ABSTRACT: BACKGROUND: Laparoscopic distal pancreatectomy was proposed as an oncologically safe approach for pancreatic ductal adenocarcinoma. METHODS: A systematic review of the studies comparing laparoscopic and open distal pancreatectomy was conducted. The primary endpoint was an R0 resection rate. The secondary endpoints were intra- and postoperative results, tumour size, mean harvested lymph node, number of patients eligible for adjuvant therapy and overall survival. RESULTS: Five comparative case control studies involving 261 patients (30.7% laparoscopic and 69.3% open) who underwent a distal pancreatectomy were included. The R0 resection rate was similar between the two groups (P = 0.53). The laparoscopic group had longer operative times (P = 0.04), lesser blood loss (P = 0.01), a shorter hospital stay (P < 0.001) and smaller tumour size (P = 0.04) as compared with the laparotomic group. Overall morbidity, postoperative pancreatic fistula, reoperation, mortality and number of patients eligible for adjuvant therapy were similar. The mean harvested lymph nodes were comparable in the two groups (P = 0.33). The laparoscopic approach did not affect the overall survival rate (P = 0.32). CONCLUSION: Even if the number of patients compared is underpowered, the laparoscopic approach in the treatment of PDAC seems to be safe and efficacious. However, additional prospective, randomised, multicentric trials are needed to correctly evaluate the laparoscopic approach in PDAC.

4 Review Hedgehog signaling: from the cuirass to the heart of pancreatic cancer. 2012

Di Marco, Mariacristina / Macchini, Marina / Vecchiarelli, Silvia / Sina, Sokol / Biasco, Guido. ·L & A Seràgnoli Department of Hematology and Oncological Sciences, University of Bologna, Via Massarenti 9, 40138 Bologna, Italy. ·Pancreatology · Pubmed #22898642.

ABSTRACT: Exocrine pancreatic cancer is the fifth cause of cancer-related death in Europe and carries a very poor prognosis for all disease stages. To date no medical treatment has significantly increased patients' survival. One of the reasons for pancreatic cancer's chemoresistence is the complex tumor architecture: cancer cells are surrounded by a dense desmoplastic stroma that blocks drug delivery. Moreover, pancreatic cancer is characterized by a marked heterogeneity of cells, including cancer stem cells (CSCs) that act as tumor-initiating cells and hierarchically control the differentiated cancer cells. In particular, this subpopulation is resistant to classic cytotoxic therapies, and seems to be responsible for disease renewal. Hedgehog signaling (HH) is implicated in pancreatic gland development during embryogenesis and is reactivated during tumorigenesis and the maintenance of pancreatic cancer. Some studies demonstrated that the Hedgehog-secreted signaling proteins are overexpressed in both the stromal and CSCs pools, implying an abnormal activation of HH in the main compartment of pancreatic cancer. For this reason, the Hedgehog pathway could be an interesting target for clinical trials to increase drug concentration in neoplastic cells and hence deplete the stroma and directly kill tumor-initiating cells.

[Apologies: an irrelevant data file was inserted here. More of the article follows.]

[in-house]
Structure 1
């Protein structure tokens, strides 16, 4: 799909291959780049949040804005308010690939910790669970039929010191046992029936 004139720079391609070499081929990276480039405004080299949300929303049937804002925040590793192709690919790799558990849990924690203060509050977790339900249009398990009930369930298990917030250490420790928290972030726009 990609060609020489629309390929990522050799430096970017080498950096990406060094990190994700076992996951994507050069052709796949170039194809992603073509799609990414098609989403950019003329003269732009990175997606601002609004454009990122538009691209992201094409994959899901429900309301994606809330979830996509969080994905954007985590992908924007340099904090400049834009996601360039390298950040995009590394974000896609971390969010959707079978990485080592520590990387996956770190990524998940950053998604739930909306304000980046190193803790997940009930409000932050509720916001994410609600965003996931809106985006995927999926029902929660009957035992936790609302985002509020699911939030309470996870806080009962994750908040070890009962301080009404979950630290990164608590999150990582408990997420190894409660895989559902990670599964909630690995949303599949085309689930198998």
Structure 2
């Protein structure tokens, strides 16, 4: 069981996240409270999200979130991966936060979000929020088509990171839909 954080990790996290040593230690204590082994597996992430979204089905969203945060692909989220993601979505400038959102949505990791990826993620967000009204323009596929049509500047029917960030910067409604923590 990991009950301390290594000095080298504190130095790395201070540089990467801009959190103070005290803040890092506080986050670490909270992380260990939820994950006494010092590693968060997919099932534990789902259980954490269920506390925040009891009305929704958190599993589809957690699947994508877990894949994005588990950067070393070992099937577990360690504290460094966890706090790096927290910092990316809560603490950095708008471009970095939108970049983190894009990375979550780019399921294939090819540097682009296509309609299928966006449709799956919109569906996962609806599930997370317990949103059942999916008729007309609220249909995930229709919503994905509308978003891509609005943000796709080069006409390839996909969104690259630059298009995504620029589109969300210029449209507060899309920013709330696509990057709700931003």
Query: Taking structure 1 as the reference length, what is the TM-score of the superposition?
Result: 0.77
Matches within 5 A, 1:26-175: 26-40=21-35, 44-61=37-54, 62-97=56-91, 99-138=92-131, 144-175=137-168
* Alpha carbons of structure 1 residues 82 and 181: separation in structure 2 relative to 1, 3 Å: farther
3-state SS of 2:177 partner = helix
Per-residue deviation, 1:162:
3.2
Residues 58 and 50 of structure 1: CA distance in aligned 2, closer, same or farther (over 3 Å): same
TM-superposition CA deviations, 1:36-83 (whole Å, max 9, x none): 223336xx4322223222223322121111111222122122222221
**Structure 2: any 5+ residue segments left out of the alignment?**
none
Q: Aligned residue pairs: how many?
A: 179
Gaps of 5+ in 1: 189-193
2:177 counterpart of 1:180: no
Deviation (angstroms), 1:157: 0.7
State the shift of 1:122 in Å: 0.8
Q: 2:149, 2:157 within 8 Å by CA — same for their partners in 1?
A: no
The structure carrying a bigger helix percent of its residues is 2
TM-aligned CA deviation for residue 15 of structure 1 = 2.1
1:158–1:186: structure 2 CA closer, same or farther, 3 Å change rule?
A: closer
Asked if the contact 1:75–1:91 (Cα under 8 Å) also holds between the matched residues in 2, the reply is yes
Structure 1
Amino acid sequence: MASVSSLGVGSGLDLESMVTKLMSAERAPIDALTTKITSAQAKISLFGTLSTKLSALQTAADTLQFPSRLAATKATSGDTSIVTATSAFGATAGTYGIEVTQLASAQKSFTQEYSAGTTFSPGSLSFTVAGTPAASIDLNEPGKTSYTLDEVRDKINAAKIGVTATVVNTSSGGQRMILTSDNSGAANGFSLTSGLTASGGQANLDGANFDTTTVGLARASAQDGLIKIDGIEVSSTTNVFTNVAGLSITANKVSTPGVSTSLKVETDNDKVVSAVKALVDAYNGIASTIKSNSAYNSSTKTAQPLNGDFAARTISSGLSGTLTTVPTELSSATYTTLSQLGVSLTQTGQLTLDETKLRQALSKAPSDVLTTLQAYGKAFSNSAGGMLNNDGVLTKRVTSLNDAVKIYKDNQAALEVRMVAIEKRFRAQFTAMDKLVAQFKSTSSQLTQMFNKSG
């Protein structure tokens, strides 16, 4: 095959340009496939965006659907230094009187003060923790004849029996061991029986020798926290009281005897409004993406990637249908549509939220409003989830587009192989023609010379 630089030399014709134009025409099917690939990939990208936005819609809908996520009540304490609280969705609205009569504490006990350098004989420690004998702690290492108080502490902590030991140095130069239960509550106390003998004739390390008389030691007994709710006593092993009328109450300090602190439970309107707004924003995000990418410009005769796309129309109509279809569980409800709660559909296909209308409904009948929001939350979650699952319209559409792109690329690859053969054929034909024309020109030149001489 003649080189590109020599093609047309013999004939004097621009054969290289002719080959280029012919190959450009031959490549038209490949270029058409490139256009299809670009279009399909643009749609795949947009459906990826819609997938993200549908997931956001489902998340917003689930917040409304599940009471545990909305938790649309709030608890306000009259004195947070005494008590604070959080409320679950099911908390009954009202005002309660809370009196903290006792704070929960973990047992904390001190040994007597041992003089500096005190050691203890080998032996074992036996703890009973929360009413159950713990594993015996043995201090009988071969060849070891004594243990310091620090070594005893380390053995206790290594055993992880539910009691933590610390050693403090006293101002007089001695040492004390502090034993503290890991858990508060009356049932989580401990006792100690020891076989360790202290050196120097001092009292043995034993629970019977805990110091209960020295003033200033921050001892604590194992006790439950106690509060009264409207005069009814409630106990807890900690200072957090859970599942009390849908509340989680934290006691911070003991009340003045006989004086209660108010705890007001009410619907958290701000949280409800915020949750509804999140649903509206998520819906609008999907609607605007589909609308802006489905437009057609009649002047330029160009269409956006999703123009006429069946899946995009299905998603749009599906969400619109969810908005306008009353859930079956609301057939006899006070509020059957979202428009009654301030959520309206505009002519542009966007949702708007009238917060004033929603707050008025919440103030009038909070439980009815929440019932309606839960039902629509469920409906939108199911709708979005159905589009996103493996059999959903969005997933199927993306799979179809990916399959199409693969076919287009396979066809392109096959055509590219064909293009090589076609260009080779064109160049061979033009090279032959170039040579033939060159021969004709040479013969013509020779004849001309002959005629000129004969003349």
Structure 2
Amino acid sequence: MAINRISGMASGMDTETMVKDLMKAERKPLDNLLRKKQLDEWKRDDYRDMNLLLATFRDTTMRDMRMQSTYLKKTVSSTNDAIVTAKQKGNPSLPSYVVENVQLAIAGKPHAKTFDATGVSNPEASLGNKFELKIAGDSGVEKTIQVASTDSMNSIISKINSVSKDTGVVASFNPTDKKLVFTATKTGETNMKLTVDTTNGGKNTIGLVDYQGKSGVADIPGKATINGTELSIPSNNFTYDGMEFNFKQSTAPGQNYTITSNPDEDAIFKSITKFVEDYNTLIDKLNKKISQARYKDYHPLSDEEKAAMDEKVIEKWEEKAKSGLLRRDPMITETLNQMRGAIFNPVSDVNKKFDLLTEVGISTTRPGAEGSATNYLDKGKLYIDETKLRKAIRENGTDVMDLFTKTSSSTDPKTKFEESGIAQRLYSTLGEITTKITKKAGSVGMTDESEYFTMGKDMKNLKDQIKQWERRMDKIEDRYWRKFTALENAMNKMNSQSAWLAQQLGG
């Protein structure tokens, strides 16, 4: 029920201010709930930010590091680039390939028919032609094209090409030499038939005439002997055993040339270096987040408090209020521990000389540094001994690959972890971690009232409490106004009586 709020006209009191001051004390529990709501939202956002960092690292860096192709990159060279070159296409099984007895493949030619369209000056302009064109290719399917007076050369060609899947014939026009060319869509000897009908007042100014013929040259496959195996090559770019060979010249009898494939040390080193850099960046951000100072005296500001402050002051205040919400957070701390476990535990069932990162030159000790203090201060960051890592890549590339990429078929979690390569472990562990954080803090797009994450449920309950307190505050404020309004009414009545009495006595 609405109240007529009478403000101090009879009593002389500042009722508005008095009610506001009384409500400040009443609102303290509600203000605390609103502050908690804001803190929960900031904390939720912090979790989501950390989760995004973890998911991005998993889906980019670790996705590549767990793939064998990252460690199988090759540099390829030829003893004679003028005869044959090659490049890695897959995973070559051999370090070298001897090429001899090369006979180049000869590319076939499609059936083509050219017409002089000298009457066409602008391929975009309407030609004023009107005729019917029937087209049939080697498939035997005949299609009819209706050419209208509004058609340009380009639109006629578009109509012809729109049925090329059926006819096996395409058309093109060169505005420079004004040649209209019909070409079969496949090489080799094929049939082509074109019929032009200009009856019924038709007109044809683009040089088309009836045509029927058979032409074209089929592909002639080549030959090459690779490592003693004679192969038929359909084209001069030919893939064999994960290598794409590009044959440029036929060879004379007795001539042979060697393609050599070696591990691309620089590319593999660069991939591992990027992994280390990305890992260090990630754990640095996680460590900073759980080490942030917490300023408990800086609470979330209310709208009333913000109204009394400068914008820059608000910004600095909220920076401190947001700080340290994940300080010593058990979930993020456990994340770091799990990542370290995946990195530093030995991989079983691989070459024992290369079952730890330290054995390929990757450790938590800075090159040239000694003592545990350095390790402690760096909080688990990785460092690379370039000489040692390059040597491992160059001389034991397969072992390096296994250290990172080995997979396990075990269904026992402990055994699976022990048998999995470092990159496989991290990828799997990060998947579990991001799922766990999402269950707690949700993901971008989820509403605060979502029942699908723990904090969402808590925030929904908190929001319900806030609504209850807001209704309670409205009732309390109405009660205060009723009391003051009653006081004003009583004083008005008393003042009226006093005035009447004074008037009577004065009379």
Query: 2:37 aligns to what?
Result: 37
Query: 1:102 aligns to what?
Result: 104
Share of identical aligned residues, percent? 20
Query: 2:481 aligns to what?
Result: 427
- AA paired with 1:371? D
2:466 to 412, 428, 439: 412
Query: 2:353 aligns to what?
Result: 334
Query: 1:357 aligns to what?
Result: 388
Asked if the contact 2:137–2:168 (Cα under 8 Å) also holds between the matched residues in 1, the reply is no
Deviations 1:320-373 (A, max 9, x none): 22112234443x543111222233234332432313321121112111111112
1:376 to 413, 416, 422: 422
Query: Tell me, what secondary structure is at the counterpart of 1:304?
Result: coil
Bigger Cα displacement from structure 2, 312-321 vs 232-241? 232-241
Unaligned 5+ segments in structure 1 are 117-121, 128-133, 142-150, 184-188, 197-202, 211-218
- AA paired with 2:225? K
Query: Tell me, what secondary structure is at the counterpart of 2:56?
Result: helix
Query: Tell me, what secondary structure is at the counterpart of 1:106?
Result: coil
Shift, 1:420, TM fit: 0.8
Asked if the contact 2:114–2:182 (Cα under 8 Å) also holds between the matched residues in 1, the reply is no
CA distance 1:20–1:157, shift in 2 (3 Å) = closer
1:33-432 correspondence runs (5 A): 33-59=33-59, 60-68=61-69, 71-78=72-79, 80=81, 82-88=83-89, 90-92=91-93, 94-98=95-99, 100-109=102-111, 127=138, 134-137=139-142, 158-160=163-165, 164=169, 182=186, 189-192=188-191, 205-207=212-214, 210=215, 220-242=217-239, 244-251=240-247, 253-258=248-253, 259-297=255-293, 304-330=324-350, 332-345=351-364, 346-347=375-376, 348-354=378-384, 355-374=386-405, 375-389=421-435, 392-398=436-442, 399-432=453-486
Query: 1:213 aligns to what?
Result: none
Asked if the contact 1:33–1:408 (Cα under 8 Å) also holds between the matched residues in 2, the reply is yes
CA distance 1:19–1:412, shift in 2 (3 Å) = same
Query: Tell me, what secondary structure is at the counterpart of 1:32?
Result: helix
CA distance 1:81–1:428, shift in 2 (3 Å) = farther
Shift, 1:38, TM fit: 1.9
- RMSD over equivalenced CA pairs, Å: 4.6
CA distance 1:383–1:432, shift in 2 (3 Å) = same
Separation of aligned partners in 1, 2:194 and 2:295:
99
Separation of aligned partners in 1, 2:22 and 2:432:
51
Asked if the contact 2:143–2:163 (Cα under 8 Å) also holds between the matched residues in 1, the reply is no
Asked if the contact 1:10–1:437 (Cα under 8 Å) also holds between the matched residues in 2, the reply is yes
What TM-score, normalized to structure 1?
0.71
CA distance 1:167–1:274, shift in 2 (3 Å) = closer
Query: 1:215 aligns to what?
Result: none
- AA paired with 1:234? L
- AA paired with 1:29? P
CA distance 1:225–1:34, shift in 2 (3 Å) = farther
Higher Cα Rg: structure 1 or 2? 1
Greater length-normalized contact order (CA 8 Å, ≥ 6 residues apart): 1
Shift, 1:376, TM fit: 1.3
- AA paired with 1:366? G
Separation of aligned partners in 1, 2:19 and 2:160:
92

5 Review Metastatic pancreatic cancer: is gemcitabine still the best standard treatment? (Review). 2010

Di Marco, Mariacristina / Di Cicilia, Roberto / Macchini, Marina / Nobili, Elisabetta / Vecchiarelli, Silvia / Brandi, Giovanni / Biasco, Guido. ·L. e A. Seràgnoli Department of Hematology and Oncological Sciences, S. Orsola-Malpighi Hospital, University of Bologna, I-40138 Bologna, Italy. mariacristina.dimarco@unibo.it ·Oncol Rep · Pubmed #20372829.

ABSTRACT: Pancreatic ductal adenocarcinoma is the fourth cause of death in the Western world. Surgery remains the only treatment offering an advantage in terms of overall survival (5-year survival range, 15-25%), but unfortunately only 10-20% of patients present resectable disease at the time of diagnosis. Hence chemotherapy, possibly combined with radiation therapy, remains the only treatment option aimed at palliation of symptoms and ensuring a better quality of life. Notwithstanding the efforts to find more effective therapies for the treatment of pancreatic cancer, significant results have not yet been achieved. Increasing interest has focused on integrated treatments, i.e. chemotherapy combined with targeted therapies, and a better selection of patients. This study examines the principal clinical trials that will help give clinicians an overview of the progress made in the systemic therapy for advanced pancreatic cancer patients in recent years.

6 Article Intraoperative electrochemotherapy in locally advanced pancreatic cancer: indications, techniques and results-a single-center experience. 2020

Casadei, Riccardo / Ricci, Claudio / Ingaldi, Carlo / Alberici, Laura / Di Marco, Mariacristina / Guido, Alessandra / Minni, Francesco / Serra, Carla. ·Department of Internal Medicine and Surgery (DIMEC), Alma Mater Studiorum, S.Orsola-Malpighi Hospital, University of Bologna, Via Massarenti n.9, 40138, Bologna, Italy. riccardo.casadei@unibo.it. · Department of Internal Medicine and Surgery (DIMEC), Alma Mater Studiorum, S.Orsola-Malpighi Hospital, University of Bologna, Via Massarenti n.9, 40138, Bologna, Italy. · Department of Haematology and Oncology (DIMES), Alma Mater Studiorum, S.Orsola-Malpighi Hospital, University of Bologna, Bologna, Italy. ·Updates Surg · Pubmed #32399592.